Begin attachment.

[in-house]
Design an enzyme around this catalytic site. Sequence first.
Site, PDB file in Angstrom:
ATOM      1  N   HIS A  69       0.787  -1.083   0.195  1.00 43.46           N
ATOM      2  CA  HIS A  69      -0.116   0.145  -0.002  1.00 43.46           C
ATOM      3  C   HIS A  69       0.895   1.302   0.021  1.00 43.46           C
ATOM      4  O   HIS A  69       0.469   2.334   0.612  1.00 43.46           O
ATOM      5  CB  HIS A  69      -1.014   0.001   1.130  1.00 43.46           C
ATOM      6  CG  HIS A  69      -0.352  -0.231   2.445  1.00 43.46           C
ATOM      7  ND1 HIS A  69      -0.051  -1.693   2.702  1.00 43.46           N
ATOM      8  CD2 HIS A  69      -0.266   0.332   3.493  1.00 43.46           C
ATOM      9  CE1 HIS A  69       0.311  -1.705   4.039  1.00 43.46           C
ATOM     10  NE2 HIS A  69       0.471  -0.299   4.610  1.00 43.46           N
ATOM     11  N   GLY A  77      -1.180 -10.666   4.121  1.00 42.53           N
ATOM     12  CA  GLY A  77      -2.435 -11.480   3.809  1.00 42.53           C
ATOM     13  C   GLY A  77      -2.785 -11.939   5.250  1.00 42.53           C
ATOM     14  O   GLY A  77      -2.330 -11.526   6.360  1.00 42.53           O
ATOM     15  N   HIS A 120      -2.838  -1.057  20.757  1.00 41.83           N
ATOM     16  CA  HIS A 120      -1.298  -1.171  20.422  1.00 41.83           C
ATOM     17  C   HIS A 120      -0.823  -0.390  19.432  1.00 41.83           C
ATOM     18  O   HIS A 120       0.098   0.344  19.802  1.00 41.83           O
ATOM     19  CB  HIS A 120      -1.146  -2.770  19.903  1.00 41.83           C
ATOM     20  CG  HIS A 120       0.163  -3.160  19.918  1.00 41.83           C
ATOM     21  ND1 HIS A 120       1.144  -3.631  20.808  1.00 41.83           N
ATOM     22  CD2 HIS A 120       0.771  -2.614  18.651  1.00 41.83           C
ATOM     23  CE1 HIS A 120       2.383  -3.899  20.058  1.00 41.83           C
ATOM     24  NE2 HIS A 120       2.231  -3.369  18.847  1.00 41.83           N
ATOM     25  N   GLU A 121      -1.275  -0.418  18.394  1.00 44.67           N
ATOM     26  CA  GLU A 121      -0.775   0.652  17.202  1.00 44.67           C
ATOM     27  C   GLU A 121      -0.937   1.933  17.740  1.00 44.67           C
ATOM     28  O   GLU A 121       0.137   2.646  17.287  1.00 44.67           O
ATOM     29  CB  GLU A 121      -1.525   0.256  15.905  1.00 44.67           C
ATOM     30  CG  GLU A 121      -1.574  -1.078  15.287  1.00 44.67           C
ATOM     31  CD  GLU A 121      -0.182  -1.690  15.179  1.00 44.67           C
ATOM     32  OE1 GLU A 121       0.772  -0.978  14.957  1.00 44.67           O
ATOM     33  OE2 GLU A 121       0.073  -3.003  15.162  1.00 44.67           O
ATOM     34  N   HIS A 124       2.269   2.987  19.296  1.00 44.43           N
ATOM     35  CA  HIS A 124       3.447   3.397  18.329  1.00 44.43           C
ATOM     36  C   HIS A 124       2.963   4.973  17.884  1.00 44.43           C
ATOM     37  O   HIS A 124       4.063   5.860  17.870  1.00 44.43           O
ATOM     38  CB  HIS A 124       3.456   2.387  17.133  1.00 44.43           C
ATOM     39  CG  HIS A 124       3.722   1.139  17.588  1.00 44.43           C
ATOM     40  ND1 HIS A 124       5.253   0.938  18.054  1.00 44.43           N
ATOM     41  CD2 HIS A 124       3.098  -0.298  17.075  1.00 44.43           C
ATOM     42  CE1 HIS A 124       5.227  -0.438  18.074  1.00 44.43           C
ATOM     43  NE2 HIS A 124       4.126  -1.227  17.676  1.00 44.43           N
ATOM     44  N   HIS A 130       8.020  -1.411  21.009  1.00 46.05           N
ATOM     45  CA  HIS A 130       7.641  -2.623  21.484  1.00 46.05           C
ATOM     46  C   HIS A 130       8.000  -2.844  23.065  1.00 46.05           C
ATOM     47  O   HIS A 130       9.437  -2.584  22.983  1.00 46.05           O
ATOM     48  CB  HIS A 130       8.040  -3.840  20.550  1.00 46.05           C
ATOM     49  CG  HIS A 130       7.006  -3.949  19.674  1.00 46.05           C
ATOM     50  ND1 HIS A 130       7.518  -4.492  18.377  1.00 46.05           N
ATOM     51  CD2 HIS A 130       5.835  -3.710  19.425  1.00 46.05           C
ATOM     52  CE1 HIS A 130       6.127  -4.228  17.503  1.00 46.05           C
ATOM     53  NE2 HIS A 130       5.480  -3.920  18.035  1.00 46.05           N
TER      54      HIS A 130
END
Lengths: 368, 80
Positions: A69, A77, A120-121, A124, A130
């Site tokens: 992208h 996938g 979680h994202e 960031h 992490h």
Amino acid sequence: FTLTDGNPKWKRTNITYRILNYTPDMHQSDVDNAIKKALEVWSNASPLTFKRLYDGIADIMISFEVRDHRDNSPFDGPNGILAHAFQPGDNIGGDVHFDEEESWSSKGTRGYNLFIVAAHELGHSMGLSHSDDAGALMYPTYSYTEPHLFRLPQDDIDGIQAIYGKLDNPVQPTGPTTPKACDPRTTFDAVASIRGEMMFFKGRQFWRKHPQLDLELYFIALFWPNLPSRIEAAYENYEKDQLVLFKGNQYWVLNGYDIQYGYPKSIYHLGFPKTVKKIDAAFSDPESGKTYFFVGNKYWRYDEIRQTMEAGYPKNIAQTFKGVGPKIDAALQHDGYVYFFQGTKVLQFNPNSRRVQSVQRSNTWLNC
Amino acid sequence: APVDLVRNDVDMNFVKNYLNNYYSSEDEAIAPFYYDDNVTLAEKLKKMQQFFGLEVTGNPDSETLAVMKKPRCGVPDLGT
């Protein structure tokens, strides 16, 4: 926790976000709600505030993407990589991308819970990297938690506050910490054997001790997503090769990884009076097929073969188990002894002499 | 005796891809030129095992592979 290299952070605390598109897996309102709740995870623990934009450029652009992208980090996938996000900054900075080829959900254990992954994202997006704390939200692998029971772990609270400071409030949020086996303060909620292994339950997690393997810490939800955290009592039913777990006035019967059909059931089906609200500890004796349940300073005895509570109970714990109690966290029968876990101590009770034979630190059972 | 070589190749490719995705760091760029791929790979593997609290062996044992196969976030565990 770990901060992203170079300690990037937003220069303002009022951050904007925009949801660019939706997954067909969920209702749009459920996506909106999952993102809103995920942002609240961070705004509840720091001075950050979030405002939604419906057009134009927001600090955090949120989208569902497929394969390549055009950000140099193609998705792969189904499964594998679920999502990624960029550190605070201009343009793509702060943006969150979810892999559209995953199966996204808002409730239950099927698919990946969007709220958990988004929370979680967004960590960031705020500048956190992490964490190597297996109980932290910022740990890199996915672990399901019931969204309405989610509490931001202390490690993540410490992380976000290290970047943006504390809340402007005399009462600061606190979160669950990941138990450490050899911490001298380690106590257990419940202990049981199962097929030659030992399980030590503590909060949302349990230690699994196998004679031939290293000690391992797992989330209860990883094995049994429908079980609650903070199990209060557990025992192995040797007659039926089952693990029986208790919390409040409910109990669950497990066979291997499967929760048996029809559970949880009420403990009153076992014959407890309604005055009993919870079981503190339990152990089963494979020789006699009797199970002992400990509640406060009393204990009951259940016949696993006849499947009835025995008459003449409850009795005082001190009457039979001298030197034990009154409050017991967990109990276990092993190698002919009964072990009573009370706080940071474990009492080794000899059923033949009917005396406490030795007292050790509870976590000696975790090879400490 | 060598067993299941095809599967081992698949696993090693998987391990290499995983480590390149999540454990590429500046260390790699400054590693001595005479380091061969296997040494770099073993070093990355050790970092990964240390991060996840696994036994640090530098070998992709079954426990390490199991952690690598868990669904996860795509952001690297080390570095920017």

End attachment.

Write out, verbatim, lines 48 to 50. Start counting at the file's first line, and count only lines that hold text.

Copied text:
ATOM     45  CA  HIS A 130       7.641  -2.623  21.484  1.00 46.05           C
ATOM     46  C   HIS A 130       8.000  -2.844  23.065  1.00 46.05           C
ATOM     47  O   HIS A 130       9.437  -2.584  22.983  1.00 46.05           O